By Staff Writers, BBC, Jun 11, 2013 [H/t Bishop Hill]
Its 52 generators will consume more than 1.1m litres of diesel a year, or about one tanker a week.
Questioning Green Elsewhere
DOE Green Energy Loans: $11.45 million per job and a rounding error’s worth of averted carbon emissions.
By David Middleton, WUWT, Jun 11, 2013
Communicating Better to the Public – Exaggerate, or be Vague?
Climate science tells us the alarm bells are ringing
By Michael Oppenheimer and Kevin Trenbert, Washington Post, Jun 7, 2013 [H/t Conrad Potemra]
A Couple of Comments about the Oppenheimer and Trenberth Op-Ed in the Washington Post
By Bob Tisdale, WUWT, Jun 9, 2013
[SEPP Comment: See link immediately above.]
Communicating Better to the Public – Make things up.
By Joseph D’Aleo, ICECAP Jun 11, 2013
[SEPP Comment: Devastating critique of New York Mayor Bloomberg’s plan and the lack of knowledge behind it. See links below.]
Bloomberg’s race to protect NYC from climate change
By Dana Milbank, WP, Jun 11, 2014
[SEPP Comment: See link immediately above.]
Gotham will be a Southern-fried hot mess by 2020, climate pros warn
City Hall urges preparations for Alabama-slammer summers with heat waves that’ll be hell, and high water from 10% more rain. A quarter of the Big Apple is predicted to be submerged under water by 2050.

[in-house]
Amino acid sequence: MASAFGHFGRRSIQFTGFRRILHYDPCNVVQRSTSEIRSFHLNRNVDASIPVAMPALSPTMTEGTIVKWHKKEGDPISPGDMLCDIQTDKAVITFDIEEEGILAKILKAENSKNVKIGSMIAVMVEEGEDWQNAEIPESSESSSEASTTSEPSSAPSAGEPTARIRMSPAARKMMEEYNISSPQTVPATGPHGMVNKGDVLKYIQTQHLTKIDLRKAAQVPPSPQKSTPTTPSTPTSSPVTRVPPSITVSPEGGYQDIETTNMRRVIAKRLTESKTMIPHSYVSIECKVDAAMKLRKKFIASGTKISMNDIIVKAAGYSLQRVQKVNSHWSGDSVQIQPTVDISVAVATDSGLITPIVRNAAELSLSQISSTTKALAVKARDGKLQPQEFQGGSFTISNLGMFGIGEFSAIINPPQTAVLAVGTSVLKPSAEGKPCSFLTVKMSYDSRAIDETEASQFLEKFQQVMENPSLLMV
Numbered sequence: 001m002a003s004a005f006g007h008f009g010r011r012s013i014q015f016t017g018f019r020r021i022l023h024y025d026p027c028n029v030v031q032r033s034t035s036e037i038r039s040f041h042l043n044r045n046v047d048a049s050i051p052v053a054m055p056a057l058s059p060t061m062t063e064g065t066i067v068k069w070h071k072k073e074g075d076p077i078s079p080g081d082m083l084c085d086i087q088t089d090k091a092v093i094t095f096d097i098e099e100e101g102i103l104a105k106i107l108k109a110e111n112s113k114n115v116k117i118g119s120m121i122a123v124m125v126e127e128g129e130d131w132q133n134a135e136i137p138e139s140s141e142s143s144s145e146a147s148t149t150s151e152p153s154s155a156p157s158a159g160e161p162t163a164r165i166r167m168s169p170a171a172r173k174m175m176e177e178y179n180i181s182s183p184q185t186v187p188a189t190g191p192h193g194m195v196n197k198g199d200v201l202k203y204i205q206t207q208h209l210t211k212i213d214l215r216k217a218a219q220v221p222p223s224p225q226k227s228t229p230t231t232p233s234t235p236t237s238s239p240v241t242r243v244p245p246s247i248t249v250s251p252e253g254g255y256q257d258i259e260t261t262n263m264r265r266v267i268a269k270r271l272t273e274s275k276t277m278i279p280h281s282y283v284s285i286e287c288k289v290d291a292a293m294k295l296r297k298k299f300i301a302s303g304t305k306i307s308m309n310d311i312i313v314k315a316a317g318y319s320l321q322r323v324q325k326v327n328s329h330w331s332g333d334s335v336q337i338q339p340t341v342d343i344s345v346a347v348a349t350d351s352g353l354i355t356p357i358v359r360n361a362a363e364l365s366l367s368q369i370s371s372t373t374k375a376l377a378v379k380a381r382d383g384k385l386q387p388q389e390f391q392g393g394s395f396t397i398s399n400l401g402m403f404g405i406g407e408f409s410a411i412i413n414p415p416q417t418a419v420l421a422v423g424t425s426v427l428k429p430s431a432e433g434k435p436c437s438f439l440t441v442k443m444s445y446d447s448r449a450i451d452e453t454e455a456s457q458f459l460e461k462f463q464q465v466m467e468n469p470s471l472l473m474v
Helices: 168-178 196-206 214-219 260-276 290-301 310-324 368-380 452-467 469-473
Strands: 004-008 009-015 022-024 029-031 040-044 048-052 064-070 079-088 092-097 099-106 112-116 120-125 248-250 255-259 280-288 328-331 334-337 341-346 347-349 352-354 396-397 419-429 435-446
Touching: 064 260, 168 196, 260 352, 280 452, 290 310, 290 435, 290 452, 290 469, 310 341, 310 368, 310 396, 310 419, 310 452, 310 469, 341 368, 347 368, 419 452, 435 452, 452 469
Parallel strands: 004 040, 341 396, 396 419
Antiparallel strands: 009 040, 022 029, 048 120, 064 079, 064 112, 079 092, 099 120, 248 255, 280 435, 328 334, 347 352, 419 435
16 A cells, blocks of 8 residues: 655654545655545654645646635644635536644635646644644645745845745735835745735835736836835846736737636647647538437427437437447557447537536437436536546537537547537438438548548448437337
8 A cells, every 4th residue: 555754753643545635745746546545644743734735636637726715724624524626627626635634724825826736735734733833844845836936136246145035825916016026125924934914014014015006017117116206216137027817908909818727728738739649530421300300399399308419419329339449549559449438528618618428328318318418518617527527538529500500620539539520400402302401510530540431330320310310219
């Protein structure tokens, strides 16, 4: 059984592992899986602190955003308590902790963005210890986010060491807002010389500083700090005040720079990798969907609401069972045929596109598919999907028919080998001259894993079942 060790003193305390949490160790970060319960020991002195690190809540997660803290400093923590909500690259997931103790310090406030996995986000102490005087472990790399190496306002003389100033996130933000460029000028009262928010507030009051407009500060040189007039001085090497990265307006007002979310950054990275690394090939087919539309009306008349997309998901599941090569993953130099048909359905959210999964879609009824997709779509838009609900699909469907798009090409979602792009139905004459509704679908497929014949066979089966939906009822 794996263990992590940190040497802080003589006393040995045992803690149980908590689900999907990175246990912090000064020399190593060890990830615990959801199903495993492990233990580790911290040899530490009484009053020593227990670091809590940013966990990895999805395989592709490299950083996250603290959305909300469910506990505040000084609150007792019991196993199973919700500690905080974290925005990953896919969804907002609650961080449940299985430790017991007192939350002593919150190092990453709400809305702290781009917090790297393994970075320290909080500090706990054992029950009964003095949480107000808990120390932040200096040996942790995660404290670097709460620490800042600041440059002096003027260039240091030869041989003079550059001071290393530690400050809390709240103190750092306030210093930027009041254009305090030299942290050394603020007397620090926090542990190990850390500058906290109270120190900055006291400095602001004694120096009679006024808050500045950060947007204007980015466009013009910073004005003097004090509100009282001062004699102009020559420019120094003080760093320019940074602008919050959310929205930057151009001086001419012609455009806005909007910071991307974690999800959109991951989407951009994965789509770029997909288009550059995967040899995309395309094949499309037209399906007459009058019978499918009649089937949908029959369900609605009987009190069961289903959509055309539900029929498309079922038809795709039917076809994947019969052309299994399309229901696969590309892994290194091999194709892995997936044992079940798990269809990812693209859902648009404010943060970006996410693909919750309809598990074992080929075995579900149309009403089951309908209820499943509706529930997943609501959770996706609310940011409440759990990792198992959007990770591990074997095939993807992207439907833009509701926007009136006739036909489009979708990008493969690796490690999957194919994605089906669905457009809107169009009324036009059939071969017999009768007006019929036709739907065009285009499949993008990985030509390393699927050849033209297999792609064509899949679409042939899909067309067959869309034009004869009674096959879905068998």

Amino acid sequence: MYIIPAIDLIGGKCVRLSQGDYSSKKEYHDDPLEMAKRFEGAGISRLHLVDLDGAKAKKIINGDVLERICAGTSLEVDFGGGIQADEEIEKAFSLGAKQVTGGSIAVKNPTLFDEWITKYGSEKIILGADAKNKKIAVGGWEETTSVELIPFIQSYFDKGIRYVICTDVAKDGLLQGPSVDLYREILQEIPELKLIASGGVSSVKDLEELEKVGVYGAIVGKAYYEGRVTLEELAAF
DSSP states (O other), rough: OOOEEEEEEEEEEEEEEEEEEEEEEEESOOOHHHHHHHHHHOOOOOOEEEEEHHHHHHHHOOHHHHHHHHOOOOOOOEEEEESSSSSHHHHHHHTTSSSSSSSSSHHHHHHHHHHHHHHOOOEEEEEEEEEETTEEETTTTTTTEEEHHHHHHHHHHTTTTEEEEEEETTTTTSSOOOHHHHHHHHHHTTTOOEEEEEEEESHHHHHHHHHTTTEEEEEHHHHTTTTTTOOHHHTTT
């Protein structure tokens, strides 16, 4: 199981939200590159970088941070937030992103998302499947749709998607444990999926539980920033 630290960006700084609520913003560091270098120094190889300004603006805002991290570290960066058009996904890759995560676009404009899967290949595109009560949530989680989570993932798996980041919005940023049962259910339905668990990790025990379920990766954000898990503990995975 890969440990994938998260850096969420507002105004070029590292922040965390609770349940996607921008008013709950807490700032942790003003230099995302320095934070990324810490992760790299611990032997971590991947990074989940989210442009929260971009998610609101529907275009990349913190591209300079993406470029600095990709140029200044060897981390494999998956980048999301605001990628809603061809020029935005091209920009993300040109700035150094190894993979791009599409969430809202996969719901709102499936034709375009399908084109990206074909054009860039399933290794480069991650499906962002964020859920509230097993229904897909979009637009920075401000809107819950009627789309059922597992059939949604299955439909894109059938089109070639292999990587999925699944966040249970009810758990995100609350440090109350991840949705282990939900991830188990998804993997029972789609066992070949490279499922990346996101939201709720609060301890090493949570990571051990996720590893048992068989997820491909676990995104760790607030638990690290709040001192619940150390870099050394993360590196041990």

By Jennifer Fermino, New York Daily News, Jun 10, 2013 [H/t WUWT]
[SEPP Comment: See first link in the section.]
Carbon dioxide emissions rose 1.4 percent in 2012, IEA report says
By Steven Mufson, Washington Post, Jun 10, 2013
The agency said continuing that pace could mean a temperature increase over pre-industrial times of as much as 5.3 degrees Celsius (9 degrees Fahrenheit), which IEA chief economist Fatih Birol warned “would be a disaster for all countries.”
[SEPP Comment: Nothing is rising faster than hyperbole!]
Gore laments scientists ‘won’t let us’ tie climate change to tornadoes
By Zack Colman, The Hill, Jun 11, 2013
Australian Warming Exaggerated
By Geoff Brown, NCTCS, Jun 15, 2013
English Winters Back To Normal–Julia Blames Global Warming!
By Paul Homewood, Not a Lot of People Know That, Apr 12, 2013 [H/t GWPF]
Germany begins to count cost as floods surge north
By Staff Writers, Berlin (AFP) June 11, 2013
Maxeiner, Miersch And Magdeburg: Superstitious Spiegel Devolves To The Dark Ages, Blames Floods On “Deniers”
By P Gosselin, No Tricks Zone, Jun 11, 2013
Hungary says catastrophe averted after Danube hits new record
By Staff Writers, Budapest (AFP), June 10, 2013
To NCDC: it’s been two year of La Niña, what do you expect?
By Anthony Watts, WUWT, Jun 14, 2013
[SEPP Comment: Clear explanation using NOAA maps showing why La Niñas create droughts in the southwestern US.]
Borneo stalagmites provide new view of abrupt climate events over 100,000 years
By Staff Writers, Atlanta GA (SPX), Jun 11, 2013
Link to paper: “Varied response of western Pacific hydrology to climate forcings over the last glacial period,”
By Stacy Carolin, et al., Science, Jun 6, 2013
Changing Cryosphere – Land / Sea Ice